Bourdieu used this term in part because it derives from ludus, Latin for “game”. It is no surprise that the chess-fixated Desjarlais embraces Bourdieu’s expansion of this fundamental insight: “The game presents itself to someone caught up in it, absorbed in it, as a transcendent universe, imposing its own ends and norms unconditionally.”
Although this might seem an isolated kind of pleasure, the fact that chess is a game means that we must play with others; and while a big tournament for amateurs might appear to be nothing more than hundreds of people sitting in silence, that is to ignore the post mortems: after the game (if neither is too upset) the participants will go into an analysis room, and spend time discussing what happened and, much more fascinatingly, what might have happened, if only…
This is where the illusio is fully shared: two people with nothing in common except the game they have just played, who may never see each other again, yet who for an hour or so will be absolutely focused on each other’s thoughts in a way which renders them unaware of anything else in the world. Bliss, in other words.
It is also possible that the struggle in the game has been so uncomfortable, with such underlying feelings of unexpressed hostility, that no amiable sharing of the illusio is possible. Desjarlais writes well about this, describing how some seemingly trivial personal tic of one’s opponent can become inexpressibly infuriating, making the sense of harmony in which one would like to play all but impossible.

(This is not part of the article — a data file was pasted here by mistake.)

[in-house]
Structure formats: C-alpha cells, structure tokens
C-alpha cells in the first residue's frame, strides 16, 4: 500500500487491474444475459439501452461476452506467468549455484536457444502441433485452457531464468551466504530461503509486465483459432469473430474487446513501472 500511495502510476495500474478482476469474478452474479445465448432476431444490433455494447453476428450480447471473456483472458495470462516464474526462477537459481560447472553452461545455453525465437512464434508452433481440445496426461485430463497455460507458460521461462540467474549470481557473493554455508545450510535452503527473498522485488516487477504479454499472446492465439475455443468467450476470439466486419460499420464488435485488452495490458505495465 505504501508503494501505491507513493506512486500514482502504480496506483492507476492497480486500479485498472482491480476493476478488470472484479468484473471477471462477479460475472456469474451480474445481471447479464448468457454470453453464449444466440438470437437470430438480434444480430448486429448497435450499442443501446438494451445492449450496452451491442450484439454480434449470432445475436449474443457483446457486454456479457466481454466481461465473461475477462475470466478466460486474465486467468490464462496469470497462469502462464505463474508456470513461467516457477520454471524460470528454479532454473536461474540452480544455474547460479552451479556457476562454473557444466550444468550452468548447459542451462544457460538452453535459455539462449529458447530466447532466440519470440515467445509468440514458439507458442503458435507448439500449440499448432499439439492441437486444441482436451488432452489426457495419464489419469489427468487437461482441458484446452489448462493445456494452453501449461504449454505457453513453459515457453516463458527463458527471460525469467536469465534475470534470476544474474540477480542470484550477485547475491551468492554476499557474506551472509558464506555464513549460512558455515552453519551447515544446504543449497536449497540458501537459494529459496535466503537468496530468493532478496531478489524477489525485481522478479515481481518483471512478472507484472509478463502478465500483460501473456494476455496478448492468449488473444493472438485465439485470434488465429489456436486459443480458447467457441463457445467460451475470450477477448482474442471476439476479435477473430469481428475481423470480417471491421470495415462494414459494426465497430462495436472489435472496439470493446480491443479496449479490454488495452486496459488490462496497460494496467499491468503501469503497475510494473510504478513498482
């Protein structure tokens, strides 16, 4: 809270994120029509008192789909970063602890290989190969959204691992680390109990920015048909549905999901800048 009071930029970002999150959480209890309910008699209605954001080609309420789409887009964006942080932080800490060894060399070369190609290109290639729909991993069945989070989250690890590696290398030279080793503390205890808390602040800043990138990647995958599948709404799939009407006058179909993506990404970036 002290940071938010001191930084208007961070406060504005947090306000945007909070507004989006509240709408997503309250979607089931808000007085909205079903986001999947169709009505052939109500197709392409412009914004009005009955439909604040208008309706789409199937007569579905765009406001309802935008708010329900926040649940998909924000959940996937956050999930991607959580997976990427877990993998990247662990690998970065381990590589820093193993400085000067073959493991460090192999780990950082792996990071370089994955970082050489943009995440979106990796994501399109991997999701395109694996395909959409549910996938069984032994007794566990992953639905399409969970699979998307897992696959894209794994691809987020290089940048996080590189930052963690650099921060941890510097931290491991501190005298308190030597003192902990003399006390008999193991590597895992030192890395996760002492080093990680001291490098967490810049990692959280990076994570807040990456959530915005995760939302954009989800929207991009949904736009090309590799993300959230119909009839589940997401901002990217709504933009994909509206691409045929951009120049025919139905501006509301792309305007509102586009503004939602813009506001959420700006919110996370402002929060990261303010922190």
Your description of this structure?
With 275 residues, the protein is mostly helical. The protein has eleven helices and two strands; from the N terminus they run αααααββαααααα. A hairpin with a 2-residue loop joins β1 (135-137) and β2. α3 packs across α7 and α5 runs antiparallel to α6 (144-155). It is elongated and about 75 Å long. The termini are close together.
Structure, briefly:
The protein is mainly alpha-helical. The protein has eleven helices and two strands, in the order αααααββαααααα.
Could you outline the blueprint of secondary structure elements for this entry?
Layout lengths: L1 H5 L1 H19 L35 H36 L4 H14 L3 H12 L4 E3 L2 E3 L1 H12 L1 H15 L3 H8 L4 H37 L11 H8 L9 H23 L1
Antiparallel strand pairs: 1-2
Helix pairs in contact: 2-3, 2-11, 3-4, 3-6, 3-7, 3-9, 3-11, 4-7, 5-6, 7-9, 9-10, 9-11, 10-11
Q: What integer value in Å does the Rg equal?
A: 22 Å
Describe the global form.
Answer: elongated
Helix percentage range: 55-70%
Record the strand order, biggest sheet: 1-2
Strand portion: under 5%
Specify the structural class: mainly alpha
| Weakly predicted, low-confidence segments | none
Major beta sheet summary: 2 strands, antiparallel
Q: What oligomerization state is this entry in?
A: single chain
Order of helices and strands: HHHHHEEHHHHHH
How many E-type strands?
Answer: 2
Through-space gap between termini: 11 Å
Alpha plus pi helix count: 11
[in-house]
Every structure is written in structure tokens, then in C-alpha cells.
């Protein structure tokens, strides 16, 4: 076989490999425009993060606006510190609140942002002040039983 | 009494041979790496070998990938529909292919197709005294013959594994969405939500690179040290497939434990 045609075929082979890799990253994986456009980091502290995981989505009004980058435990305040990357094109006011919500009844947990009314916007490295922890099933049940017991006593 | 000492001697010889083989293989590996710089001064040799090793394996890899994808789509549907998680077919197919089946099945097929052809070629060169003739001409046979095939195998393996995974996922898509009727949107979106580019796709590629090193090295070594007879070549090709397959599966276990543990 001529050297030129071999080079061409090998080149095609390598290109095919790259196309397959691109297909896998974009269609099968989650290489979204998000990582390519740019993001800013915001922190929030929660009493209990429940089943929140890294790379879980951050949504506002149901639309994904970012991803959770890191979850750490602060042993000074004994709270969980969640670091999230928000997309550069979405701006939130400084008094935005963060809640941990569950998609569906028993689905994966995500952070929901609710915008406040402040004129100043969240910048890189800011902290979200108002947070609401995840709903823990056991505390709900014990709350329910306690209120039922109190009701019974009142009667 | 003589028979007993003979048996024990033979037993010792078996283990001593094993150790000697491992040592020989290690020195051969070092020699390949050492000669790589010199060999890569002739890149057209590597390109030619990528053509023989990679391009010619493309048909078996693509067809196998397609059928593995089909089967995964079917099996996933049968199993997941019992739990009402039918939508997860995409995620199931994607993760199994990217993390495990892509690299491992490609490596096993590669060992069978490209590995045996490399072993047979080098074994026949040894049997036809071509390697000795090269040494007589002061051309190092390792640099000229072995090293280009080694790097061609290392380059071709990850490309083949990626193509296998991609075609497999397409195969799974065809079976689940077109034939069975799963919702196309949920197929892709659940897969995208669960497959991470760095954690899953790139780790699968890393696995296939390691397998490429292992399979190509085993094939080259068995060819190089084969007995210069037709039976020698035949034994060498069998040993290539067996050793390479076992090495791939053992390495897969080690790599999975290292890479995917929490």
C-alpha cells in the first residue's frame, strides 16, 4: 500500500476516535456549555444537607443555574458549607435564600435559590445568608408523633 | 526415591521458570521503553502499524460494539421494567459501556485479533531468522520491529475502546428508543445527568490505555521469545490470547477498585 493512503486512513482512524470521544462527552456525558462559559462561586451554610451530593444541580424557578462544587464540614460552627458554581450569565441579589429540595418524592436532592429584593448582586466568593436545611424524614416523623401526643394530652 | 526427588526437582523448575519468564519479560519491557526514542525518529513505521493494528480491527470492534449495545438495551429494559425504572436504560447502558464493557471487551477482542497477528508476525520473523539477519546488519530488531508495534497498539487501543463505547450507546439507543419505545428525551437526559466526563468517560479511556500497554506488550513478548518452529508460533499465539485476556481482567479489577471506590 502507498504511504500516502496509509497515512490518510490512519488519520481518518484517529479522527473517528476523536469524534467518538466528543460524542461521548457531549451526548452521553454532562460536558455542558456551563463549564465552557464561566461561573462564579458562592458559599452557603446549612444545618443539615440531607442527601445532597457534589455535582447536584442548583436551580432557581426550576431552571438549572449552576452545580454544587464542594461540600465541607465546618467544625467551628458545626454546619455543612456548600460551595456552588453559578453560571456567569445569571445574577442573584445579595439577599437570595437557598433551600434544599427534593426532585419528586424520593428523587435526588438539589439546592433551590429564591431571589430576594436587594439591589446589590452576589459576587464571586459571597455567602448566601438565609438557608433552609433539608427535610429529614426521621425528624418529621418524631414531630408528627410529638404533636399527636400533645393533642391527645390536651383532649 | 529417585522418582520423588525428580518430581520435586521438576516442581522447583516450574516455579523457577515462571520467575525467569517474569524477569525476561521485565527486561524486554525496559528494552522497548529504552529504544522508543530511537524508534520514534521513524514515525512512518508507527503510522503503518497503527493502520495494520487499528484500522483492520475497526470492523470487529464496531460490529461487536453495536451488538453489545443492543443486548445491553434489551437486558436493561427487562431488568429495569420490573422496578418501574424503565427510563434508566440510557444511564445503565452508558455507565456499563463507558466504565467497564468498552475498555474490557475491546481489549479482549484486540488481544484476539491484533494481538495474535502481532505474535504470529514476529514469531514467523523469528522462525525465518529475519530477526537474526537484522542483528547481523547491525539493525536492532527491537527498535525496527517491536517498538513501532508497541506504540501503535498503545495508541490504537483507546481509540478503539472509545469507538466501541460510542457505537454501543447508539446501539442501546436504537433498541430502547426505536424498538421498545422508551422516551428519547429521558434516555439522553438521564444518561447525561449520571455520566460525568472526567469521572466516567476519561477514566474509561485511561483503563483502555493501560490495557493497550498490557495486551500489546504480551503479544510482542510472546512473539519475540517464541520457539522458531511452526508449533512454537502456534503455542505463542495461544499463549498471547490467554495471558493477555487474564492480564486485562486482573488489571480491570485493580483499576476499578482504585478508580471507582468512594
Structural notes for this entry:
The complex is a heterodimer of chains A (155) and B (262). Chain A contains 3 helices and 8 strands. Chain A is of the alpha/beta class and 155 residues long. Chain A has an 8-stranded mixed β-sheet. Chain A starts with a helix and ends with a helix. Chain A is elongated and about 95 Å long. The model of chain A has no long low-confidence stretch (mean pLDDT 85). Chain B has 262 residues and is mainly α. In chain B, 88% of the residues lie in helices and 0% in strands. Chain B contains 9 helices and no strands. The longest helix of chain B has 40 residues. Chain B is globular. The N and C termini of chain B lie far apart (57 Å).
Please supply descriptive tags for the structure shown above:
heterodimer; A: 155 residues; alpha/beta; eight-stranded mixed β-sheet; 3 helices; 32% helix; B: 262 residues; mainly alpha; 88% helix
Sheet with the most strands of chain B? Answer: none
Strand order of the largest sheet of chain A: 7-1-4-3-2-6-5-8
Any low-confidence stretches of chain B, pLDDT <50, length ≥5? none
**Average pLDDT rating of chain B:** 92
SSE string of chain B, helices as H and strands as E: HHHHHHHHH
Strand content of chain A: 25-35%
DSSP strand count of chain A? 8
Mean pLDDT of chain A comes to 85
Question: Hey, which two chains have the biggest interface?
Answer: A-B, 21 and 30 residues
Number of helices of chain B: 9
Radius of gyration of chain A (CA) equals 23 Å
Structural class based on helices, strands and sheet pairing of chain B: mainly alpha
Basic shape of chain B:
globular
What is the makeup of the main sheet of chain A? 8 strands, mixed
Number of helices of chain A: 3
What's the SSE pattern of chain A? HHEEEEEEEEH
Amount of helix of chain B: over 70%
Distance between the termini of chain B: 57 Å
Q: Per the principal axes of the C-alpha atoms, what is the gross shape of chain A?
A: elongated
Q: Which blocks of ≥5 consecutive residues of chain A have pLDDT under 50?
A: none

In the spirit of Desjarlais’s own admissions of fear and loathing on the amateur chess circuit, I own up to behaving rather less than perfectly in the Hastings New Year Weekend Tournament in 2010. In the first round I lost to a 13-year-old Indian girl, who twirled her hair in a teenagerish way while unleashing a series of tactics which destroyed my position and my self-esteem. Then, in the next round I found myself paired against an 11-year-old: a boy called Peter Andreev, who had recently performed outstandingly for England in the European Junior Team championships. Nevertheless, my rating was still much higher than his, which meant that I had even more reason to dread a second humiliation at the hands of a child.
Before the game his father appeared to be whispering words of advice in Russian, which was fine; but then the tiny boy spent the first few minutes of the game staring at me with what seemed a deliberate look of contempt. As a result I did something appallingly childish myself: when young Andreev made a bad error as early as the 11th move, I thumped out my reply and glared at him with what I intended to be the same look he had given me.
Here, with apologies to my opponent, is that game: I had the Black pieces. 1.e4 d6 2.d4 g6 3.f4 Bg7 4.Nc3 a6 5.a4 b6 6.Nf3 Bb7 7.Bd3 Nf6 8.e5 Nfd7 9.0-0 0-0 10.Be3 c5 11.Ne4? c4 (This trick was what Andreev missed, although 11…cxd4 12.Bxd4 Nc6 would also have been bad for him) 12.Bxc4 Bxe4 13.e6 d5 14.exf7+ Rxf7 15.Bb3 Bxf3 16.Qxf3 e6 17.c4 Nf6 18.Rac1 Ra7 19.g4 Qd7 20.g5? (20.f5 was his last chance to confuse the issue) Ne4 21.cxd5 exd5 22.a5 b5 23.Rc2 Nc6 and White resigned, since his entire position is about to drop off.